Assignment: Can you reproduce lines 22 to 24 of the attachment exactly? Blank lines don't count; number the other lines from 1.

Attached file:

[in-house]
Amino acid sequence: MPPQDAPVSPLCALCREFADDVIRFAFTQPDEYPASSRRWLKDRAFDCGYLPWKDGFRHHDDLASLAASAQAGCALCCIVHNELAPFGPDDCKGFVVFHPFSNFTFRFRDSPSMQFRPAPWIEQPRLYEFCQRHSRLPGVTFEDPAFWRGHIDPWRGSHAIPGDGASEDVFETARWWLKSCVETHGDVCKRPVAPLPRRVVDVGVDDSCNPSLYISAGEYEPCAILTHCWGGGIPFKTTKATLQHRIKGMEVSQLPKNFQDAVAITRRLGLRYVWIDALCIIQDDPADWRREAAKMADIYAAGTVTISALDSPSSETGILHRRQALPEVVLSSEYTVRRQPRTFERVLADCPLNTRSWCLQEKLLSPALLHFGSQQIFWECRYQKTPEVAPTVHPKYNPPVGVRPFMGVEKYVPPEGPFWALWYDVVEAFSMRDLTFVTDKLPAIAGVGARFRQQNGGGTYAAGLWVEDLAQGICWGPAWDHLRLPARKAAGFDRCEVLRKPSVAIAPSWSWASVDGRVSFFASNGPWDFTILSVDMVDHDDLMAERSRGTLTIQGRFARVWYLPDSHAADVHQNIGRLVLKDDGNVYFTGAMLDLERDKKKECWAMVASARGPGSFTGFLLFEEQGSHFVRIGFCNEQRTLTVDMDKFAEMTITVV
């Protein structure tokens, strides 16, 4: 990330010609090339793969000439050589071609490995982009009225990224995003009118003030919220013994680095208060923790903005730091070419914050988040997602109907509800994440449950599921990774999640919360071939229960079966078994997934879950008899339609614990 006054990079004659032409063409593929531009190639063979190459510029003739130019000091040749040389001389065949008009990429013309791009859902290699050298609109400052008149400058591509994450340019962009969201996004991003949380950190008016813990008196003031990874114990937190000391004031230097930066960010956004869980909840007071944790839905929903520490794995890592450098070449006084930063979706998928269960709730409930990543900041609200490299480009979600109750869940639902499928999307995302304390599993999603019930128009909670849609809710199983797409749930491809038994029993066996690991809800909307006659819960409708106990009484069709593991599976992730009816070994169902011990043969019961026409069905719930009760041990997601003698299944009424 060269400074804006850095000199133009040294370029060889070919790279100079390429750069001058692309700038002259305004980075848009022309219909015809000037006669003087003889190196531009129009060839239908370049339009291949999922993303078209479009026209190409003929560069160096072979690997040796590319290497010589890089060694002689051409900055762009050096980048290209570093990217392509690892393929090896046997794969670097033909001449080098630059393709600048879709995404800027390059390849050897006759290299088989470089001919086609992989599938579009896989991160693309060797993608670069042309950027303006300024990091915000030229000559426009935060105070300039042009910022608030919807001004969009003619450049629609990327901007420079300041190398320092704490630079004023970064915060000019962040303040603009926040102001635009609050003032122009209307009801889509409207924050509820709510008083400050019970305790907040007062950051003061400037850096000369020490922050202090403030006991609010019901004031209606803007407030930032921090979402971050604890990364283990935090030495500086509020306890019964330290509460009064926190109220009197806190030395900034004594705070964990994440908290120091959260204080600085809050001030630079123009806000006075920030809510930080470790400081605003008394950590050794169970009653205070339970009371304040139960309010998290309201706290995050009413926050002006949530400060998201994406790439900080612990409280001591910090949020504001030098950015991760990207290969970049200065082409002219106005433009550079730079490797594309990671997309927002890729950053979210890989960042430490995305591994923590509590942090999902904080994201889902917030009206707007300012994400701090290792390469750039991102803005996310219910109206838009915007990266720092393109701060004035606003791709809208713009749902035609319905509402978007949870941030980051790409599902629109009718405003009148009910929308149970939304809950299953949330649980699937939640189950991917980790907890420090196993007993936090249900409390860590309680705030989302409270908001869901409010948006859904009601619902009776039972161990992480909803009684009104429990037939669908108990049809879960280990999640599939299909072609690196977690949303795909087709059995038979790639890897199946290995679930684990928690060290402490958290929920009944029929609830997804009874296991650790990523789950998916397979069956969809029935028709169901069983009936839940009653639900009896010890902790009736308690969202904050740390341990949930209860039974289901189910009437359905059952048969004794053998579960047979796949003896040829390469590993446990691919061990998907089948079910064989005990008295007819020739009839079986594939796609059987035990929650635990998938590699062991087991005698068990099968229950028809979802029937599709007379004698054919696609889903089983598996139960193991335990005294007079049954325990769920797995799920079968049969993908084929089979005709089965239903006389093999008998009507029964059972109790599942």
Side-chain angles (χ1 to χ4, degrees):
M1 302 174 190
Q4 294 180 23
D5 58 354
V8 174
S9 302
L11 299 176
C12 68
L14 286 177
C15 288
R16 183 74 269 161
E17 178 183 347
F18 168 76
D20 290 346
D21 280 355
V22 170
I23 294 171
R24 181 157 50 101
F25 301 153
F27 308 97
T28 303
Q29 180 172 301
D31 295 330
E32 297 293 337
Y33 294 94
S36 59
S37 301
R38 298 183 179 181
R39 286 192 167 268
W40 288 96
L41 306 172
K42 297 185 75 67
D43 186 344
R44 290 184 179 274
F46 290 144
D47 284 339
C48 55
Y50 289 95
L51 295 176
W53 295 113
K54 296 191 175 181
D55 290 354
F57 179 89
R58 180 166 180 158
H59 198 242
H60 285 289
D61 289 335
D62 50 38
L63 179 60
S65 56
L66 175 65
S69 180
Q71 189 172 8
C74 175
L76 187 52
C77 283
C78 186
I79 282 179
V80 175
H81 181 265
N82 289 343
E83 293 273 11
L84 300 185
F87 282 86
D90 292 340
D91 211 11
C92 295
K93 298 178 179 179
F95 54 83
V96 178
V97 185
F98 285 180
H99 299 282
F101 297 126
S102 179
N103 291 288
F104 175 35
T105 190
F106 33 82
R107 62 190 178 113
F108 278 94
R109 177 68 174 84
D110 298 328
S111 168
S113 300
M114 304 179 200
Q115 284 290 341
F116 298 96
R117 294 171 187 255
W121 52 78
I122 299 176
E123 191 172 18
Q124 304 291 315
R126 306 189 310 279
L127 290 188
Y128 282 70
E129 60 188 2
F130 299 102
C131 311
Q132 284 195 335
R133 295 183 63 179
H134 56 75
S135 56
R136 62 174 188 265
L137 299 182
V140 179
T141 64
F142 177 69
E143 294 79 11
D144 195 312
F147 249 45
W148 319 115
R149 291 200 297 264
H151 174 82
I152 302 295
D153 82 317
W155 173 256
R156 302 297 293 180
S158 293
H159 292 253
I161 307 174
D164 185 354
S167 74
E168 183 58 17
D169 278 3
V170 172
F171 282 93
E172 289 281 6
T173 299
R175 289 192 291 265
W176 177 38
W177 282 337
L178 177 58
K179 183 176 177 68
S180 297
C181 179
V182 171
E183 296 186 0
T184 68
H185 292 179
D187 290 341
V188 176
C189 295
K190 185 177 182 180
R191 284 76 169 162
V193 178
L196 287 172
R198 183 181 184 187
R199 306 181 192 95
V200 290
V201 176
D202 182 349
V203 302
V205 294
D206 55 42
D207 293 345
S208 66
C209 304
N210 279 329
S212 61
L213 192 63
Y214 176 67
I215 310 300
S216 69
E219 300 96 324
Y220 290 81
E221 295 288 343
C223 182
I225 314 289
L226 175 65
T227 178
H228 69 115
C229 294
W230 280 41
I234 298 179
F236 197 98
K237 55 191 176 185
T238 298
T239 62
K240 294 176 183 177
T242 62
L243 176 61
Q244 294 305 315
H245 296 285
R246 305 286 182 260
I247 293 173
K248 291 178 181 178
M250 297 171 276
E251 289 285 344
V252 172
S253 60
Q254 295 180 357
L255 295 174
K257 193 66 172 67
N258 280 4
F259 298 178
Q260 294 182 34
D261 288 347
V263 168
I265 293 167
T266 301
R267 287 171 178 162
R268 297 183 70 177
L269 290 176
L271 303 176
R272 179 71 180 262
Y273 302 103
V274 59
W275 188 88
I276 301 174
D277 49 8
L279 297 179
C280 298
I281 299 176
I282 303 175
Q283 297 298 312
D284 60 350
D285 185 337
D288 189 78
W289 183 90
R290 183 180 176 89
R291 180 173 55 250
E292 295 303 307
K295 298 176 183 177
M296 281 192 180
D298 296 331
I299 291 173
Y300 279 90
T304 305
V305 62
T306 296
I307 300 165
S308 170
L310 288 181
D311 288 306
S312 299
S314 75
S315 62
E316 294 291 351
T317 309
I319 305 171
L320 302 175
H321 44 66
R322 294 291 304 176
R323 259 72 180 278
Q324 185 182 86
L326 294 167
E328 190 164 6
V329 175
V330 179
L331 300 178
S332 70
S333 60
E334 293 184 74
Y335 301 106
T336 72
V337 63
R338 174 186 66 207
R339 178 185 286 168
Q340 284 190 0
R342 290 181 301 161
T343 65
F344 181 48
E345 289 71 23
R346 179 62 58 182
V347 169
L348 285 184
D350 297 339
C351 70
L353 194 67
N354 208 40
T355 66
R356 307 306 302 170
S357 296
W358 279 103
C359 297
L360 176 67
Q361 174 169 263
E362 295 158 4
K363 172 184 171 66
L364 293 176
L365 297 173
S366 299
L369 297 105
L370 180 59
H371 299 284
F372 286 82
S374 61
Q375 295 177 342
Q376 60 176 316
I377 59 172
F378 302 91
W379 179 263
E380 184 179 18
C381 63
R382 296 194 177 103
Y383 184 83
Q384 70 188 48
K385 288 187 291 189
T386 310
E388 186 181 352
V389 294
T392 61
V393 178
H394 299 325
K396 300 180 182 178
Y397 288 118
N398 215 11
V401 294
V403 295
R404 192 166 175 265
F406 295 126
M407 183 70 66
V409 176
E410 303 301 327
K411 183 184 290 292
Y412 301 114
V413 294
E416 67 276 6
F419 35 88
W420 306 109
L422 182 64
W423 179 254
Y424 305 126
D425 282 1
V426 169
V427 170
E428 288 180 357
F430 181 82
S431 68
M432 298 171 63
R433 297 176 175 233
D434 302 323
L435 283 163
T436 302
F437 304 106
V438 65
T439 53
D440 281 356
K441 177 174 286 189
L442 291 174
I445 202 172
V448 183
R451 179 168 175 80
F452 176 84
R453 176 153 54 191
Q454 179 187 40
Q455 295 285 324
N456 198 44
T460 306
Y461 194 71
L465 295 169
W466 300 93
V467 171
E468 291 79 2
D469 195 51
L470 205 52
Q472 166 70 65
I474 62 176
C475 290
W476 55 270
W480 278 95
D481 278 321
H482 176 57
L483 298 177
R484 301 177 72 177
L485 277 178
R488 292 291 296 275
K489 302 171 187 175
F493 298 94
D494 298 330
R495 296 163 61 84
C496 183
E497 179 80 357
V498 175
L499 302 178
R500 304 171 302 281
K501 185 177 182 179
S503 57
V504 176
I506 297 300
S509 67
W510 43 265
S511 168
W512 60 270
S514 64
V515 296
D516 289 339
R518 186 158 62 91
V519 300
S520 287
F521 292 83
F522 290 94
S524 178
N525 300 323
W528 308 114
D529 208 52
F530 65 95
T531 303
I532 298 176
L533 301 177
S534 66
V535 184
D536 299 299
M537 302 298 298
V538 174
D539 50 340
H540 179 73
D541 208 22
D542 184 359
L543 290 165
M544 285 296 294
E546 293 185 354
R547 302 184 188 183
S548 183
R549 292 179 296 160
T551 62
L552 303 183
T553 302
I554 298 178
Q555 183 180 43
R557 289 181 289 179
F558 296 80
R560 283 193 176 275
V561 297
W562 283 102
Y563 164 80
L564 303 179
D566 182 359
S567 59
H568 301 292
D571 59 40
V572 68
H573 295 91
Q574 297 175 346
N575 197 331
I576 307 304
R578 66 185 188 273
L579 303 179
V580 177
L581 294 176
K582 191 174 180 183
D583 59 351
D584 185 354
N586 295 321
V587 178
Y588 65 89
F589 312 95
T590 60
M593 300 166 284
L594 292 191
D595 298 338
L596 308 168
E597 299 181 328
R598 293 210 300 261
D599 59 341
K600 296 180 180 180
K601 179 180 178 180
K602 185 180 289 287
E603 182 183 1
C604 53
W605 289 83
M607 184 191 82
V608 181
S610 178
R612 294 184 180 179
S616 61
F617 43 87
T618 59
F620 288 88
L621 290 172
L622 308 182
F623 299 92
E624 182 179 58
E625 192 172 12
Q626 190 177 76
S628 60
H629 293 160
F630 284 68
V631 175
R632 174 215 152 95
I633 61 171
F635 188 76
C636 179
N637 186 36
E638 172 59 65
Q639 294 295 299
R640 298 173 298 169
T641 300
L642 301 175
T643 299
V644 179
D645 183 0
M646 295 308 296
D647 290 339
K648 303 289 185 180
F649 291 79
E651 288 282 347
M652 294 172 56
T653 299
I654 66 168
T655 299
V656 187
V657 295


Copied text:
F25 301 153
F27 308 97
T28 303